- The Washington Times - Monday, May 29, 2000

The greatest threat

The United Nations undercut him when he tried to stop Saddam Hussein from building weapons of mass destruction. The Russians took "payoffs" from Iraq, and the French, eager to do business with Iraq, undercut efforts to make Saddam comply with U.N. sanctions.
Those are among the sensational charges made in a new book by Richard Butler, the former head of the U.N. Special Commission responsible for preventing Iraq from building nuclear, biological and chemical weapons after its defeat in the Persian Gulf war.
Mr. Butler, now a diplomat in residence at the Council on Foreign Relations, warns that Saddam is placing the world at risk today because he has been able to rebuild his arsenal in the two years since Iraq forced out the U.N. inspectors.
Mr. Butler's book, "The Greatest Threat: Iraq, Weapons of Mass Destruction and the Crisis of Global Security," reads like a "suspense novel populated by fascinating characters," said James F. Hodge Jr., editor of the council's Foreign Affairs magazine.
"His message, however, is deadly serious. Unchecked development of nuclear, chemical and biological weapons is the greatest threat to life on earth."
Mr. Butler blames U.N. Secretary-General Kofi Annan for being too weak to force Saddam to comply with U.N. inspection of his suspected weapons sites.
He accuses the Russians of taking payoffs from Iraq and complains that the French ignored Saddam's violations of U.N. mandates because they were too eager to do business with Iraq.

Avoiding a 'crisis'

Canada is urging Congress to take quick action on a bill that would avert a near crisis that could damage trade and tourism between the United States and Canada.
Canadian Foreign Minister Lloyd Axworthy is thankful for a bill that was passed in the House last week to repeal Section 110 of the 1996 U.S. border-entry law.
The section, due to take effect in March, 2001, would have required every Canadian to fill out a lengthy form before crossing the border.
Business groups have predicted massive traffic backups.
"The potential impact on trade and tourism would have been very severe," Mr. Axworthy told the Montreal Gazette. "It would have been almost a crisis."

Teaching Serbia

Canada is urging Congress to take quick action on a bill that would avert a near crisis that could damage trade and tourism between the United States and Canada.
Canadian Foreign Minister Lloyd Axworthy is thankful for a bill that was passed in the House last week to repeal Section 110 of the 1996 U.S. border-entry law.
The section, due to take effect in March, 2001, would have required every Canadian to fill out a lengthy form before crossing the border.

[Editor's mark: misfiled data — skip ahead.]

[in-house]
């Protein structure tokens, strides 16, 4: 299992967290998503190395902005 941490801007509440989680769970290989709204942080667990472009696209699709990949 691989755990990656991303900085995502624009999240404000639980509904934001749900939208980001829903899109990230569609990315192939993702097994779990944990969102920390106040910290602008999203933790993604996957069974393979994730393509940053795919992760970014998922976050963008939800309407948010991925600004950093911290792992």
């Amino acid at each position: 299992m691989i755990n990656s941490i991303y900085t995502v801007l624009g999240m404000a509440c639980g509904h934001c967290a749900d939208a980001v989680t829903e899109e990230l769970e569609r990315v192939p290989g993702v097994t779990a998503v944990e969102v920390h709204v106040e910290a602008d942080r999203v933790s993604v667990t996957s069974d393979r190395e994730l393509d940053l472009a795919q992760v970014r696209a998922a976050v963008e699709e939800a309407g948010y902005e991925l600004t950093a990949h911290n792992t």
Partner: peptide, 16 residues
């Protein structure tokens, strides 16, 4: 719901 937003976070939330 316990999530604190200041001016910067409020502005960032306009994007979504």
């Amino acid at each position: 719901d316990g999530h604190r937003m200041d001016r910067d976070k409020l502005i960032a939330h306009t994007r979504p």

Business groups have predicted massive traffic backups.
"The potential impact on trade and tourism would have been very severe," Mr. Axworthy told the Montreal Gazette. "It would have been almost a crisis."Teaching SerbiaSecretary of State Madeleine K. Albright says Croatia can set a democratic example for Serbia, long dominated by Yugoslavia's authoritarian ruler Slobodan Milosevic.
"I very much hope that the Serb people will be able to understand how much happier the Croatian people are now that they have had elections and have a president and a prime minister who reflect their choices," she told Croatian Television last week.
She added that she hopes the Serbs "can understand the democratic process." Mrs. Albright was interviewed in Florence, Italy, where she was attending a NATO conference.

Diplomatic traffic

Foreign visitors in Washington this week include:Tomorrow
King Abdullah of Jordan, who will discuss the Middle East peace process with President Clinton and other senior officials during a 10-day visit to the United States.Wednesday
Mofied Shehab, minister of higher education of Egypt, and senior Egyptian academics and scientists, who will appear at the Council on Egyptian-American Relations.
Luiz Gylvan Meira Filho, director-general of the Brazilian Space Agency, Antonio J.V. Guerreiro of the Brazilian Foreign Ministry and Archimedes de Castro Faria Filho of Brazil's Ministry of Science. They speak at a seminar on Brazil's space program in room 110 of George Washington University's Stuart Hall, 2013 G St. NW.Thursday
President Ernesto Zedillo of Mexico, who will also visit New York during a two-day visit.
Defense Minister Mario Fernandez of Chile, who meets Defense Secretary William S. Cohen on Friday.
Raul Alfonsin, former president of Argentina, who speaks at a conference on aging sponsored by the Inter-American Development Bank and the Pan-American Health Organization.

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